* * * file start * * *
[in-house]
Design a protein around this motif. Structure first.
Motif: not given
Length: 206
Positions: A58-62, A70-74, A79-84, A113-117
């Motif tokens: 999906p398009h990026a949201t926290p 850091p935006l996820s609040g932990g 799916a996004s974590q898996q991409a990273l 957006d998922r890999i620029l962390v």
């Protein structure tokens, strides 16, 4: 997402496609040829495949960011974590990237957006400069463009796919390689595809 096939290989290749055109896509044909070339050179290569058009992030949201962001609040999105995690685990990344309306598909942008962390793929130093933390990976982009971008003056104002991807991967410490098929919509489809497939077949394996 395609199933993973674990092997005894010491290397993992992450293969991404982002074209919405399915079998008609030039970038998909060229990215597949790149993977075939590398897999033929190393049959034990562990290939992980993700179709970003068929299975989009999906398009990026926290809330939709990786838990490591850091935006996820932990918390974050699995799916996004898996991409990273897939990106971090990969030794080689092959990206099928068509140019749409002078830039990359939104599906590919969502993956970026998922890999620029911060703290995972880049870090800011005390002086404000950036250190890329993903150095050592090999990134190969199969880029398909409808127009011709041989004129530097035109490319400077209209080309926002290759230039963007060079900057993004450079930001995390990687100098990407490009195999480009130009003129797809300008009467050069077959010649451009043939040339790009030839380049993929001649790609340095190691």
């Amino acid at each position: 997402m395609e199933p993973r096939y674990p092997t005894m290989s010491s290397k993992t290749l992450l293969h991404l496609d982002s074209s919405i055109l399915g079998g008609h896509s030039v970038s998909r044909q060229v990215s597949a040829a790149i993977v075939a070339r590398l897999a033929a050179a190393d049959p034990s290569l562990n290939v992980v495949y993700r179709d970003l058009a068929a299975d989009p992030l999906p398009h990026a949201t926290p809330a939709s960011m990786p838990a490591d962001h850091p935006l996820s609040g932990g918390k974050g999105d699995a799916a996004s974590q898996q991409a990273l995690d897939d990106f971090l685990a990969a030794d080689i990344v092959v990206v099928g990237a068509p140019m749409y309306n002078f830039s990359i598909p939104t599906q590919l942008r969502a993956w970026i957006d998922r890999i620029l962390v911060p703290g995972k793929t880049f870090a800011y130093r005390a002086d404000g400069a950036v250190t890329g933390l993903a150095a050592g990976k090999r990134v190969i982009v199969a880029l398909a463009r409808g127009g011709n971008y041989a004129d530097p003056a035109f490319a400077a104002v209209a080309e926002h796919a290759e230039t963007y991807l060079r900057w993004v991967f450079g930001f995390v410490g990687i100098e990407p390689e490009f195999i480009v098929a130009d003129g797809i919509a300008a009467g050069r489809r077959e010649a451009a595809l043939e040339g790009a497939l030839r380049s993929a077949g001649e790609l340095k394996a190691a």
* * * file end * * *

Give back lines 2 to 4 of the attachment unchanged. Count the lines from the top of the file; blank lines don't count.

Design a protein around this motif. Structure first.
Motif: not given
Length: 206